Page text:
Sometimes successful movements have unintended consequences. If you’ve been on the Internet in the last 24 hours, chances are that you have seen and have an opinion on the latest example. Yesterday, Starbucks unveiled a program to address race relations at its 11,100 stores nationwide. Baristas are now encouraged/required to write the words “Race Together” on cups, a move intended to spark conversation among customers about race in the United States.
They can also use stickers and a USA Today insert as a conversation starter, which — for anyone who’s been in a busy Starbucks — might seem ill-advised on purely pragmatic grounds. No, writing words on a paper cup, no matter what percentage of that cup is recycled, will not correct one of our society’s most fundamental fissures. As Fusion culture editor Danielle Henderson put it, “It’s the height of liberal American idealism and a staggering act of hubris to think we can solve our systemic addiction to racism over a Frappucino.”
The campaign has drawn the collective ire of the Internet for a few reasons. Unsurprisingly, the Starbucks leadership team is overwhelmingly white. Corey duBrowa, the company’s senior vice president of global communications, fled Twitter and locked his Instagram account for 24 hours after receiving a flood of backlash. The hashtag #NewStarbucksDrinks has produced what might be some of 2015’s best politically-charged puns: “Latte from a Birmingham Jail,” “I Can’t Breve,” “Brew the Right Thing.”
The Internet has decided: Starbucks is doing it wrong. More interesting than the fact that a gargantuan corporation did a bad thing, however, might be what made them do it.
This winter, as the Black Lives Matter movement roared through cities nationwide, the Seattle-based corporation held a series of “Ferguson Forums” with employees around the country. By all accounts, these appear to have been spaces for “partners” (read: employees) to share openly and emotionally about their experiences with race. According to the company’s website, one young partner in St. Louis said that he was proud to have turned 20, as another reflected that “The current state of racism in our country is almost like humidity at times. You can’t see it, but you feel it.” A video on the forum featured pictures from protests in Ferguson and Black Lives Matter demonstrations around the country, including Millions March NYC this past December.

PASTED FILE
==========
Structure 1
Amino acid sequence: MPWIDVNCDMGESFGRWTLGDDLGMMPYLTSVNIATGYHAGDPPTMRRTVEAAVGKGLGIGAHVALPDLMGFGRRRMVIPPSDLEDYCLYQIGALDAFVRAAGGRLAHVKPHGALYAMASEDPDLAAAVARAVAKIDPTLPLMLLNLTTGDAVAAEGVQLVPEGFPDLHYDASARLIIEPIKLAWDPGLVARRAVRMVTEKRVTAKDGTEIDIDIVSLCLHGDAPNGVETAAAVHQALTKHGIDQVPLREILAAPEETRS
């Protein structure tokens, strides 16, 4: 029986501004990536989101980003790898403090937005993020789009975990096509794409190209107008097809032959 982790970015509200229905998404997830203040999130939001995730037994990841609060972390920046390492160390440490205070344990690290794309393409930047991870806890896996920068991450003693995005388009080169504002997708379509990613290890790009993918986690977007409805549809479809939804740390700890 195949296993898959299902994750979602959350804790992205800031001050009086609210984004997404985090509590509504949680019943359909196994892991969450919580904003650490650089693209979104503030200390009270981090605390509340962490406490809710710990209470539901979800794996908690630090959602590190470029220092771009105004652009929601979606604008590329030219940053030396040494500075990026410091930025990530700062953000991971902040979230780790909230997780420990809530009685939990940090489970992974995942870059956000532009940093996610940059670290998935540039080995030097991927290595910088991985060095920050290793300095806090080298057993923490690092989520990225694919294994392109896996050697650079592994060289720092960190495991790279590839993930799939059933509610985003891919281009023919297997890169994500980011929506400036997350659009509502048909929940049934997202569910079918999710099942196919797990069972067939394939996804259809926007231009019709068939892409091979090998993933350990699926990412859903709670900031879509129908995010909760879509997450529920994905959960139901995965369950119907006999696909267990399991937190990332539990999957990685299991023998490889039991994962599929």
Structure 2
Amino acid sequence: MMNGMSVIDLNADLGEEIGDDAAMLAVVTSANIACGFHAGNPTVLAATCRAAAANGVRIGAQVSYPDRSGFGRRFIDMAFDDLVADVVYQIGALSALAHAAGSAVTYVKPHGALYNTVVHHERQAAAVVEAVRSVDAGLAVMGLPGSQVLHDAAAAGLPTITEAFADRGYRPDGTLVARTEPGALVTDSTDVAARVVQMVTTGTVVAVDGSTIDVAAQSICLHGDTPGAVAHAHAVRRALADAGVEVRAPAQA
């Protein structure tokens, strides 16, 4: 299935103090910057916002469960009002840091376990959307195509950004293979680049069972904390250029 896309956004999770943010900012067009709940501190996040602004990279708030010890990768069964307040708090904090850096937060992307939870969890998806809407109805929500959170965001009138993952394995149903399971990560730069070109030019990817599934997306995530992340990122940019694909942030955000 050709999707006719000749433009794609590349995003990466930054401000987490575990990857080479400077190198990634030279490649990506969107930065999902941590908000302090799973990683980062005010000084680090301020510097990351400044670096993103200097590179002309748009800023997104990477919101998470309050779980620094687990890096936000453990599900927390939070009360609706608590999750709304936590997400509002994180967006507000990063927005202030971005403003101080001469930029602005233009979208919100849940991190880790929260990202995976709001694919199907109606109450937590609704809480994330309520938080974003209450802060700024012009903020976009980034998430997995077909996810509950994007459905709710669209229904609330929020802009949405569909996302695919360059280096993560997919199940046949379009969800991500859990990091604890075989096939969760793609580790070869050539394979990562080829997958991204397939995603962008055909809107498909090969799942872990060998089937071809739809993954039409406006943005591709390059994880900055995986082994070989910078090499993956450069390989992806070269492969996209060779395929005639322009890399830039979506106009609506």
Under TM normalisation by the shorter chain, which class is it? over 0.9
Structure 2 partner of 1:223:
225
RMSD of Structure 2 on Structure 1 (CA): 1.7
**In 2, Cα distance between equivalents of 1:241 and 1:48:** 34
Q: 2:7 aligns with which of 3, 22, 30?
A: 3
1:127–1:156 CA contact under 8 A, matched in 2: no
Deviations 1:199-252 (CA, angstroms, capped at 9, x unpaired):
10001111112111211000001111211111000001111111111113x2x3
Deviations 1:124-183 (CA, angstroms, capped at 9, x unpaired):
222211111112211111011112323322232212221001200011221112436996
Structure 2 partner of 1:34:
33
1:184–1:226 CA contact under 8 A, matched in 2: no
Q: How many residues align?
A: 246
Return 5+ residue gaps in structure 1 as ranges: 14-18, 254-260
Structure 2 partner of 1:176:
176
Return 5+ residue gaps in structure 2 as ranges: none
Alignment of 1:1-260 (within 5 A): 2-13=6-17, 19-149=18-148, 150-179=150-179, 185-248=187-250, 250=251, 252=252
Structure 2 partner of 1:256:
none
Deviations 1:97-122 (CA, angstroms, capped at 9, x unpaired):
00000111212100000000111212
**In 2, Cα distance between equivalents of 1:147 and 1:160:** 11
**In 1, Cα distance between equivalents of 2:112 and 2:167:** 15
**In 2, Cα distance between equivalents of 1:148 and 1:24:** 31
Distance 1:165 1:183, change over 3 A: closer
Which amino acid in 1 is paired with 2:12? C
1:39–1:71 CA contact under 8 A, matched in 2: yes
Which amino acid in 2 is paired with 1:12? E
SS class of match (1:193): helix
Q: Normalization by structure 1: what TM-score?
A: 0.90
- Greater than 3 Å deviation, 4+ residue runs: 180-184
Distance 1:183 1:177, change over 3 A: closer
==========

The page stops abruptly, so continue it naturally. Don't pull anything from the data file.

There are obvious flaws to “Race Together,” much of it stemming from the fact that Starbucks is something of a straw man for the left-of-center when it comes to new-age corporate capitalism; it’s a painfully easy target. “Race Together,” though, speaks to the fact that the Black Lives Matter movement is seeping into society’s farthest, strangest reaches, including corporate citizenship.
This isn’t to say that there aren’t legitimate criticisms of be made of the campaign, which features an array of cringe-worthy messaging. The full-page New York Times advertisement that the company took out features simply the words “Shall We Overcome?” Probably not while waiting for your Venti Breve, Starbucks.
One of the most compelling arguments against “Race Together” relates to the extra pressure it places on already-underpaid workers, some of whom make less than $8 an hour. McDonald’s drew criticism last month by forcing employees — many currently fighting for a $15 minimum wage — to, on top of slinging burgers and fries, gleefully dance, sing and hug customers, who could then pay for their meal with “lovin’.”
As Bryce Covert wrote in The Nation, “This is a pretty blatant example of emotional labor: The requirement that a low-wage employee not just show up to work and adequately perform her duties, but that she put on a veneer of happiness and cheer for the customer to elicit an emotional response in him.” Unlike cognitive labor, emotional labor is rarely compensated — and sometimes even penalized. Starbucks, then, has joined McDonalds in finding new ways to demand more from its employees. In the case of “Race Together,” that demand is rendered all the more troubling when a Pumpkin Spice Latte is used as the starting point of an on-the-clock conversation about the United States’ most deeply-rooted barrier to equality.
Then again, a multinational corporation finding an innovative, creative approach to extract the labor of the people who work for it isn’t exactly cutting edge news in 2015. Yes, corporations are exploitative. No, they don’t “get” racism or how to address it in the United States, but their milquetoast attempts to do so are proof that the Black Lives Matter movement is making it increasingly unacceptable to stay neutral.
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